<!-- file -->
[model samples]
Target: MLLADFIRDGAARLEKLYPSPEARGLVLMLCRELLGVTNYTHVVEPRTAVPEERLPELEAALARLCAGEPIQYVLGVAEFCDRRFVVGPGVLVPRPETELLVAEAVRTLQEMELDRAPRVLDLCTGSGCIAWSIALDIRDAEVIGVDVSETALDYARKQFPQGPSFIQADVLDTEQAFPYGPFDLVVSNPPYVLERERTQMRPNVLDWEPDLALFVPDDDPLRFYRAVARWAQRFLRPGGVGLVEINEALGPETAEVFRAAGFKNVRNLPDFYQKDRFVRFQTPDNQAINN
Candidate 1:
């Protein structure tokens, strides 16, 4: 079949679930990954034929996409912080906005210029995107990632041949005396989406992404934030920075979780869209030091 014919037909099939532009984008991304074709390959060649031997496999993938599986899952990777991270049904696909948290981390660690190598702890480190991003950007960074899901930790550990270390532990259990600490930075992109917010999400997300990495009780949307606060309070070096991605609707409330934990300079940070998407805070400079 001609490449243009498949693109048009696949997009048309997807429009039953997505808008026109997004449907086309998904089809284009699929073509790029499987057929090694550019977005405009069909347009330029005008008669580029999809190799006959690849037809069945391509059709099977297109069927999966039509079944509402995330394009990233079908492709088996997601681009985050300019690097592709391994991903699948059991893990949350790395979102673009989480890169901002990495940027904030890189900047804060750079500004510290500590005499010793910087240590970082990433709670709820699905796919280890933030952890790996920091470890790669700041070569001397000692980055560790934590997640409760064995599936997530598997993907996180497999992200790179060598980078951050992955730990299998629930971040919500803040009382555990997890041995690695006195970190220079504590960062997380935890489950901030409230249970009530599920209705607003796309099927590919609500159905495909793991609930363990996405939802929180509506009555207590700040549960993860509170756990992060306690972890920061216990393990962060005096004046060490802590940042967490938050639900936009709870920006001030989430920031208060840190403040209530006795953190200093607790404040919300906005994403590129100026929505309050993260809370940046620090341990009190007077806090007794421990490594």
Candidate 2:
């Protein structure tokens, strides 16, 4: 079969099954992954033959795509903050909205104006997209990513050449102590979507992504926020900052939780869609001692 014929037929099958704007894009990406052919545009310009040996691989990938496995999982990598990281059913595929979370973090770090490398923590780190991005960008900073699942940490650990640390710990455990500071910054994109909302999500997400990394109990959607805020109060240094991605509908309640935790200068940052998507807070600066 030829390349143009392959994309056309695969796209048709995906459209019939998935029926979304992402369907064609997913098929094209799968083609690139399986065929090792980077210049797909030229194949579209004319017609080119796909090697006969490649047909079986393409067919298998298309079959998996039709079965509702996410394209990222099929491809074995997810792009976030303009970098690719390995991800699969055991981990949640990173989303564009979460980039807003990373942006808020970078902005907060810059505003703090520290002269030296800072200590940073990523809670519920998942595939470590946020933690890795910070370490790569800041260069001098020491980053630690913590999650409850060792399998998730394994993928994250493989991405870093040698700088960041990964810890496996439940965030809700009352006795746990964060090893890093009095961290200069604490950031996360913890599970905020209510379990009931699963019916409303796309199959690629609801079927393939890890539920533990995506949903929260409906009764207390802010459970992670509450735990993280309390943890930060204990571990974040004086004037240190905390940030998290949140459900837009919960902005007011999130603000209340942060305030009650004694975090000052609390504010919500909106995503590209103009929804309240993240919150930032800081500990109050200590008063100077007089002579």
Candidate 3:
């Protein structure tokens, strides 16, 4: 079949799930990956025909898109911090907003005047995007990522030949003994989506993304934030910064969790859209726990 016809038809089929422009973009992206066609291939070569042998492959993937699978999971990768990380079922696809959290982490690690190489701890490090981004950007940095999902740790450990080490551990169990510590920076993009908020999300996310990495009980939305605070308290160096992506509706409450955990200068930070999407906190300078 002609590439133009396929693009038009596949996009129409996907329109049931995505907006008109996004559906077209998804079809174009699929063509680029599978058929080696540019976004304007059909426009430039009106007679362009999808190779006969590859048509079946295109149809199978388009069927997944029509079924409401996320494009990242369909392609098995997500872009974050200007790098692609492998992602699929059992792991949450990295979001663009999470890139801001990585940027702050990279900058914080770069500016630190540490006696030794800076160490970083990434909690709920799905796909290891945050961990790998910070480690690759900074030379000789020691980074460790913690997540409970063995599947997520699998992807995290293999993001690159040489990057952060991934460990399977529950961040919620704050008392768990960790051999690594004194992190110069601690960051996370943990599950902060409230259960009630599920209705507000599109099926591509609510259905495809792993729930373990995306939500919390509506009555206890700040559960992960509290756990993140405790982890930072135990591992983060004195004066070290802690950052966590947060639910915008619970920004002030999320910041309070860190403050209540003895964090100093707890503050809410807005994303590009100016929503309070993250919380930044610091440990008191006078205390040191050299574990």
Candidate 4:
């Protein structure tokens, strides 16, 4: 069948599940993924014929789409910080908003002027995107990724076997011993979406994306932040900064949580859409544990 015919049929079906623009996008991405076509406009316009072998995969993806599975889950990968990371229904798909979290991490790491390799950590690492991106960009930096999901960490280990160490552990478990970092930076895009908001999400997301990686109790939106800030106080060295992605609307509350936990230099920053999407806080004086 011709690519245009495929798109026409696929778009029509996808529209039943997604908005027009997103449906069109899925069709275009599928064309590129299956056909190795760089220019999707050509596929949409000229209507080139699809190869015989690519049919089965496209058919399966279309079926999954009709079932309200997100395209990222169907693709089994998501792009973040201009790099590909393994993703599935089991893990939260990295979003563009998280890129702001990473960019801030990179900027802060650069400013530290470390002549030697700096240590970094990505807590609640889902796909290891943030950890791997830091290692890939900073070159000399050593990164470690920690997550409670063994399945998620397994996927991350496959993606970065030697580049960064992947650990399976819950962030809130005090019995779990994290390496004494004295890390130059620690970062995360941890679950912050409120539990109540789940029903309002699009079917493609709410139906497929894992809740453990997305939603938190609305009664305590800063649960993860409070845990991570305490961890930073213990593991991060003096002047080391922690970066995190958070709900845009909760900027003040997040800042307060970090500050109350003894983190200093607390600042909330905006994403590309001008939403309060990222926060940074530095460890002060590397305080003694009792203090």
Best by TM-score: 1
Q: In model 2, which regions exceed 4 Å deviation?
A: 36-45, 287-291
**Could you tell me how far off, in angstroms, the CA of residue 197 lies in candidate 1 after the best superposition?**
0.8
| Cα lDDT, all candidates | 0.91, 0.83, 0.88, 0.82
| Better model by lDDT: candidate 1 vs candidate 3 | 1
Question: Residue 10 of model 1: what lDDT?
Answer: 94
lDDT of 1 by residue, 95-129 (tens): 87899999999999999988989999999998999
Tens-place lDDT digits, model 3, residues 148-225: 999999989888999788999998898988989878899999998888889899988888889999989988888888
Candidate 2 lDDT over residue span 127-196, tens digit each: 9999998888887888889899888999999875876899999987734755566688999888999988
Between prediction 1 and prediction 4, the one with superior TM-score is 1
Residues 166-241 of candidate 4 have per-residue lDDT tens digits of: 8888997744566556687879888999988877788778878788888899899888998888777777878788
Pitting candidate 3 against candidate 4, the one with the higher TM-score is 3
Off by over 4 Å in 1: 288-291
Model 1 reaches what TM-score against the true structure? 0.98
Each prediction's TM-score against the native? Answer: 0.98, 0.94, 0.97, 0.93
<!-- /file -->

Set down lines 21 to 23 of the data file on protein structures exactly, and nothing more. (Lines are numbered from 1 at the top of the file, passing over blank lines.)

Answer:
Tens-place lDDT digits, model 3, residues 148-225: 999999989888999788999998898988989878899999998888889899988888889999989988888888
Candidate 2 lDDT over residue span 127-196, tens digit each: 9999998888887888889899888999999875876899999987734755566688999888999988
Between prediction 1 and prediction 4, the one with superior TM-score is 1